THE PSALMS IN THE OLD TESTAMENT CHURCH
By Professor D. A. McClenahan, D. D., Allegheny, Pa.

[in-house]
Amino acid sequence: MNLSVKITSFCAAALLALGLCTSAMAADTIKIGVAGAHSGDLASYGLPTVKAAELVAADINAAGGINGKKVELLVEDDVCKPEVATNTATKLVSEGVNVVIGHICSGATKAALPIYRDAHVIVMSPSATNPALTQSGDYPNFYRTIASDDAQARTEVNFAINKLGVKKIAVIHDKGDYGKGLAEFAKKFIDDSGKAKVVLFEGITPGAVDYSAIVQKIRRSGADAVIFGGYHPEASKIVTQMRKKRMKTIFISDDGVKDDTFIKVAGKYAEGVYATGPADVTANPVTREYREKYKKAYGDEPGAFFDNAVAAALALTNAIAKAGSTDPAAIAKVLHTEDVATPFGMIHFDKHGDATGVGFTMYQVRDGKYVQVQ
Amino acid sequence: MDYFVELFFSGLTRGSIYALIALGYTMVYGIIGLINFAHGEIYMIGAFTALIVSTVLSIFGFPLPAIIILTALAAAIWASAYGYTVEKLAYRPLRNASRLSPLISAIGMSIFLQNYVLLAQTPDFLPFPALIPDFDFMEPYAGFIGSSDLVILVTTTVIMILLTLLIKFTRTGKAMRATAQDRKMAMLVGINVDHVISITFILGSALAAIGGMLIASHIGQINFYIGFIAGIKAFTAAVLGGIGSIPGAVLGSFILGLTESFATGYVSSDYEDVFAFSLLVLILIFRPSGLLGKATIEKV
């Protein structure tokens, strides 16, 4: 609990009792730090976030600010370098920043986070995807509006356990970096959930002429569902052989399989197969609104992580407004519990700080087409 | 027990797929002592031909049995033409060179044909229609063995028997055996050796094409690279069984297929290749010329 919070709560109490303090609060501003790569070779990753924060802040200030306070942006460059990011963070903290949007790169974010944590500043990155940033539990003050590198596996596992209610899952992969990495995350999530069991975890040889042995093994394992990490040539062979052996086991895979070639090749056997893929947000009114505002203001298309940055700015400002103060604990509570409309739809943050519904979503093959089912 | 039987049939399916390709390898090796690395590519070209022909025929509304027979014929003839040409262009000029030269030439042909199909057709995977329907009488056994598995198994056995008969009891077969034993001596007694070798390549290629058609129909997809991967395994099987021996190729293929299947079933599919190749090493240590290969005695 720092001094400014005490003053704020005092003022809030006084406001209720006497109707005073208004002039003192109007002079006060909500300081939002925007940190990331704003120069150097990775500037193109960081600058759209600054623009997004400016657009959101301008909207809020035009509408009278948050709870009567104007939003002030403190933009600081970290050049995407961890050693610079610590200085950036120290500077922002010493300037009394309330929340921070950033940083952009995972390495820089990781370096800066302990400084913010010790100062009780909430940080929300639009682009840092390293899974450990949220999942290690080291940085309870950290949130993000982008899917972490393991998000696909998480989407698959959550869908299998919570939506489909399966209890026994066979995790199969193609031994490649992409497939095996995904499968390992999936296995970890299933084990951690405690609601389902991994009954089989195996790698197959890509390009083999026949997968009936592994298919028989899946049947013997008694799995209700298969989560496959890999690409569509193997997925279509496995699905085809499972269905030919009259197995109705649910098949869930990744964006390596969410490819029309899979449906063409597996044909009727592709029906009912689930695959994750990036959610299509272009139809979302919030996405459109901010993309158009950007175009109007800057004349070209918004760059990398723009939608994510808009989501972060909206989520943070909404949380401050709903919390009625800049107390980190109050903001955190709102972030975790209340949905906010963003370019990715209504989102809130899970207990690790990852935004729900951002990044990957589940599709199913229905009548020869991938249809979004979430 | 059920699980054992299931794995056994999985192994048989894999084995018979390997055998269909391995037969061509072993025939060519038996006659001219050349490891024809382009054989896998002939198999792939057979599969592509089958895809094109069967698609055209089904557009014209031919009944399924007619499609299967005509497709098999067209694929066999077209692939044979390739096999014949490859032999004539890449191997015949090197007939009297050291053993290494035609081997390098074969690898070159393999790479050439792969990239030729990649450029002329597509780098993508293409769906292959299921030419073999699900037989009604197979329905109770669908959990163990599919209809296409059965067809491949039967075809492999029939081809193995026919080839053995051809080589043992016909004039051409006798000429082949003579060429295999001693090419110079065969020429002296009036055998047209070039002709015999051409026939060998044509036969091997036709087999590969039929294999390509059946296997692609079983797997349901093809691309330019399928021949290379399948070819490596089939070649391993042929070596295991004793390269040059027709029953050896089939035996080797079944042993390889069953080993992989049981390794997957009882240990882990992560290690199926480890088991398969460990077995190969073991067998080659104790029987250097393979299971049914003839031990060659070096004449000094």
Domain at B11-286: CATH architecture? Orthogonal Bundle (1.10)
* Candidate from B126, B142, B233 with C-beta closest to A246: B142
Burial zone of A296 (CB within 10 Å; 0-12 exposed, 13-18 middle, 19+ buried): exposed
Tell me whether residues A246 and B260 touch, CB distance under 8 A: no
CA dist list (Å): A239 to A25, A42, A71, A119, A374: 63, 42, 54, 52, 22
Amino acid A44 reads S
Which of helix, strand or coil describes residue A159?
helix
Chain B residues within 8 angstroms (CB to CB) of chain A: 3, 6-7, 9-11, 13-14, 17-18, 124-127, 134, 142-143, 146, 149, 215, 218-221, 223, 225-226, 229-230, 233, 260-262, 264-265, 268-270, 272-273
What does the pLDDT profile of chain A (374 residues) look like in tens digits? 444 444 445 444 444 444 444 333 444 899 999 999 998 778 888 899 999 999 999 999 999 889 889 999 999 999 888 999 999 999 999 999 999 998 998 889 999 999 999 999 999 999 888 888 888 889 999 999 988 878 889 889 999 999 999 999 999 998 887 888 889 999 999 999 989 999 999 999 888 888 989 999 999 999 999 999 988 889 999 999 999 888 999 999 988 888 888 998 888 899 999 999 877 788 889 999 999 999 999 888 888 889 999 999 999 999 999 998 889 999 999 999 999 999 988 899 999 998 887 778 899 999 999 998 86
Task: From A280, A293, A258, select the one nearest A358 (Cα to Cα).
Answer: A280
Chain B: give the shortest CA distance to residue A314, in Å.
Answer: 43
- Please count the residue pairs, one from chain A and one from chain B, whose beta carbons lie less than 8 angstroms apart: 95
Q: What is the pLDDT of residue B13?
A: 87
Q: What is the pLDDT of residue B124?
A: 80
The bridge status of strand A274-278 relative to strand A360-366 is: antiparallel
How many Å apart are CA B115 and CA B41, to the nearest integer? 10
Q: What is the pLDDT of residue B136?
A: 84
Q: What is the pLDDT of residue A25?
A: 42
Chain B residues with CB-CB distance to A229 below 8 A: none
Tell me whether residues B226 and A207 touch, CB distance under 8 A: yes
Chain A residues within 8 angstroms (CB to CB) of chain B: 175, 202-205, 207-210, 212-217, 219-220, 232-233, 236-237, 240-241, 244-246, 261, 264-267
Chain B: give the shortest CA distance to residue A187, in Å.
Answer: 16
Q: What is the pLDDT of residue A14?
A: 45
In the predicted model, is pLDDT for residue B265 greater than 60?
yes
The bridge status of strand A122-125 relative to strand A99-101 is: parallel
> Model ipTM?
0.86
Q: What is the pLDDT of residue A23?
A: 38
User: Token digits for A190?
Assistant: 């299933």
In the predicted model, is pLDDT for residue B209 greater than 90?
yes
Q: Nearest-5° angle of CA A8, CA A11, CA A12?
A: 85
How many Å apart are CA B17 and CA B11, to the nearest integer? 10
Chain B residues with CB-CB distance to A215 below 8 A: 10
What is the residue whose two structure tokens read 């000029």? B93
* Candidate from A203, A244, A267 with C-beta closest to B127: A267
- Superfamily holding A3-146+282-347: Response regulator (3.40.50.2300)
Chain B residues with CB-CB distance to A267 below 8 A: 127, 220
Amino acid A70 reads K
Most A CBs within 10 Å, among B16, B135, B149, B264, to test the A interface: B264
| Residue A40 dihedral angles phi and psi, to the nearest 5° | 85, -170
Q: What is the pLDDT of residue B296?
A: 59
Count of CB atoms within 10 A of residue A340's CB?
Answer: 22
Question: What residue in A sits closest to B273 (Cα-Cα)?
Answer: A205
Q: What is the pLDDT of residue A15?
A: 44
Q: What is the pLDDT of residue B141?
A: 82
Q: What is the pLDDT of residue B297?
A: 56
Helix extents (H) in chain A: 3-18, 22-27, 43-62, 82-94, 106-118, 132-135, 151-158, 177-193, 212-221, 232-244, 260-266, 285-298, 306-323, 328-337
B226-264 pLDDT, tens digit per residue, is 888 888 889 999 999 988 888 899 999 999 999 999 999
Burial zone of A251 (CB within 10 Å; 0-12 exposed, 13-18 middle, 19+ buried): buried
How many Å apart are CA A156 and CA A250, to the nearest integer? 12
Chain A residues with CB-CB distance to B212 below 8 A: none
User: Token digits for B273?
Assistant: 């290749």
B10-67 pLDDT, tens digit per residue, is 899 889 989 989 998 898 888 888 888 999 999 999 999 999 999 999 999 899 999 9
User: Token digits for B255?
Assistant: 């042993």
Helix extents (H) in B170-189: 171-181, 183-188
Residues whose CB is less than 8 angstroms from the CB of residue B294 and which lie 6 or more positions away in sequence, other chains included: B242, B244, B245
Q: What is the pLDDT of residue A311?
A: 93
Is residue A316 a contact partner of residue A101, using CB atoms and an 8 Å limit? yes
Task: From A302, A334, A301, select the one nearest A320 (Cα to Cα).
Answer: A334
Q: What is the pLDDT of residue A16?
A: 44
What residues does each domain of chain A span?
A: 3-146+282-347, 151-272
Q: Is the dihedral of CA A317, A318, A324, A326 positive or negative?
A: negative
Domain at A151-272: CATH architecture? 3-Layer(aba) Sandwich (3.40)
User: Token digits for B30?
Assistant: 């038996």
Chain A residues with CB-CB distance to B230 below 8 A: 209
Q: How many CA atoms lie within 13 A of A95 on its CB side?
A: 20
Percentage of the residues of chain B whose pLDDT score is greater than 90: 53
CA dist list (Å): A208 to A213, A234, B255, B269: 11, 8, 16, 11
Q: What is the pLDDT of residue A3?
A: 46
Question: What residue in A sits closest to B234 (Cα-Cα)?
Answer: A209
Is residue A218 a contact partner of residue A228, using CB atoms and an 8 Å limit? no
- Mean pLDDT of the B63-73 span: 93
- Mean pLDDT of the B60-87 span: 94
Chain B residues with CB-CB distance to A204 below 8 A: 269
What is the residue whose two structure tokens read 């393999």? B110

“Then the fact that from all the songs prepared by inspired men in Old Testament times one hundred and fifty were selected to form a manual of praise is indicative of the fact that divine wisdom has been exercised in the selection. This is significant. The Psalms were gathered into a book for the express purpose of making a manual of praise for use in the public and private worship of God. Everyone, so far as I have ever heard, who believes in an inspired Psalmody is perfectly satisfied with the selection that has been made by divine wisdom. Moses, Hannah, Habakkuk, Jonah, Hezekiah, and others wrote songs, which for historical reasons were retained in their historical place in the Canon, but which were omitted from the permanent praise book of the Church for reasons which seemed good to the divine mind. Doubtless other inspired songs were written and, possibly, for a time sung by the Old Testament Church. For reasons which seemed good to divine wisdom these songs, if there were any, were omitted from both the Psalter and the Canon. Paul wrote epistles to the churches. All of these were inspired. Many of them have been included in the New Testament for permanent use. Others were not included, and are lost, this for reasons which seemed good to a superintending Providence. There are twenty-seven lost books quoted in one or other of the thirty-nine Old Testament books. Doubtless some of these were inspired, but none of these twenty-seven books were included in the Bible, for reasons which seemed good to the Holy Ghost. Habakkuk, doubtless, uttered other prophecies than those contained in his three chapters, and Obadiah others than those contained in the twenty-one verses in his one-chaptered book; but they are not bound up in the Bible. The fact that other Old Testament books and other of Paul's inspired epistles were once used by the Church, but are not now in the Bible, gives the Church no sanction for making new books of Scripture. The fact that other inspired songs were once made, and possibly sung, gives the Church no authority to make other songs as substitutes for the Psalms of the Psalter.”